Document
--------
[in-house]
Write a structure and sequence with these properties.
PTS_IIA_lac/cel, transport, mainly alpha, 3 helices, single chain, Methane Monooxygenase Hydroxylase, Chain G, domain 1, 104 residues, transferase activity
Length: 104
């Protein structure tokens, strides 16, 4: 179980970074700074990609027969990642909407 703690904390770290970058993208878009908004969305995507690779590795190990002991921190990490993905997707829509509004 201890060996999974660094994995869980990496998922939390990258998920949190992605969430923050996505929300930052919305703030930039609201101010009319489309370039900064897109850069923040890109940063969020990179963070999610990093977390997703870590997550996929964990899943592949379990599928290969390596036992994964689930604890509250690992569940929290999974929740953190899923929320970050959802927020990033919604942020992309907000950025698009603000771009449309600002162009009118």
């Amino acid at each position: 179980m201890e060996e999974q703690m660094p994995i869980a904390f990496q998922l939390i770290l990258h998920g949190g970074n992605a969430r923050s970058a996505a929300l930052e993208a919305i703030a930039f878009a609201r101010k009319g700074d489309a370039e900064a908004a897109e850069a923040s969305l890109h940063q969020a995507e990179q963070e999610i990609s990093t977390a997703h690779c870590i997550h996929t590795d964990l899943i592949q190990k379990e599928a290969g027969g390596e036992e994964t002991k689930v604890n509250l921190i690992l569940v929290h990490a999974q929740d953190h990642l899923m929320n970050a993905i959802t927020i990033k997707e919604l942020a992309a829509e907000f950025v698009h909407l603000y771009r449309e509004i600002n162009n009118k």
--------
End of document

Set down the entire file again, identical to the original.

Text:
[in-house]
Write a structure and sequence with these properties.
PTS_IIA_lac/cel, transport, mainly alpha, 3 helices, single chain, Methane Monooxygenase Hydroxylase, Chain G, domain 1, 104 residues, transferase activity
Length: 104
């Protein structure tokens, strides 16, 4: 179980970074700074990609027969990642909407 703690904390770290970058993208878009908004969305995507690779590795190990002991921190990490993905997707829509509004 201890060996999974660094994995869980990496998922939390990258998920949190992605969430923050996505929300930052919305703030930039609201101010009319489309370039900064897109850069923040890109940063969020990179963070999610990093977390997703870590997550996929964990899943592949379990599928290969390596036992994964689930604890509250690992569940929290999974929740953190899923929320970050959802927020990033919604942020992309907000950025698009603000771009449309600002162009009118």
């Amino acid at each position: 179980m201890e060996e999974q703690m660094p994995i869980a904390f990496q998922l939390i770290l990258h998920g949190g970074n992605a969430r923050s970058a996505a929300l930052e993208a919305i703030a930039f878009a609201r101010k009319g700074d489309a370039e900064a908004a897109e850069a923040s969305l890109h940063q969020a995507e990179q963070e999610i990609s990093t977390a997703h690779c870590i997550h996929t590795d964990l899943i592949q190990k379990e599928a290969g027969g390596e036992e994964t002991k689930v604890n509250l921190i690992l569940v929290h990490a999974q929740d953190h990642l899923m929320n970050a993905i959802t927020i990033k997707e919604l942020a992309a829509e907000f950025v698009h909407l603000y771009r449309e509004i600002n162009n009118k």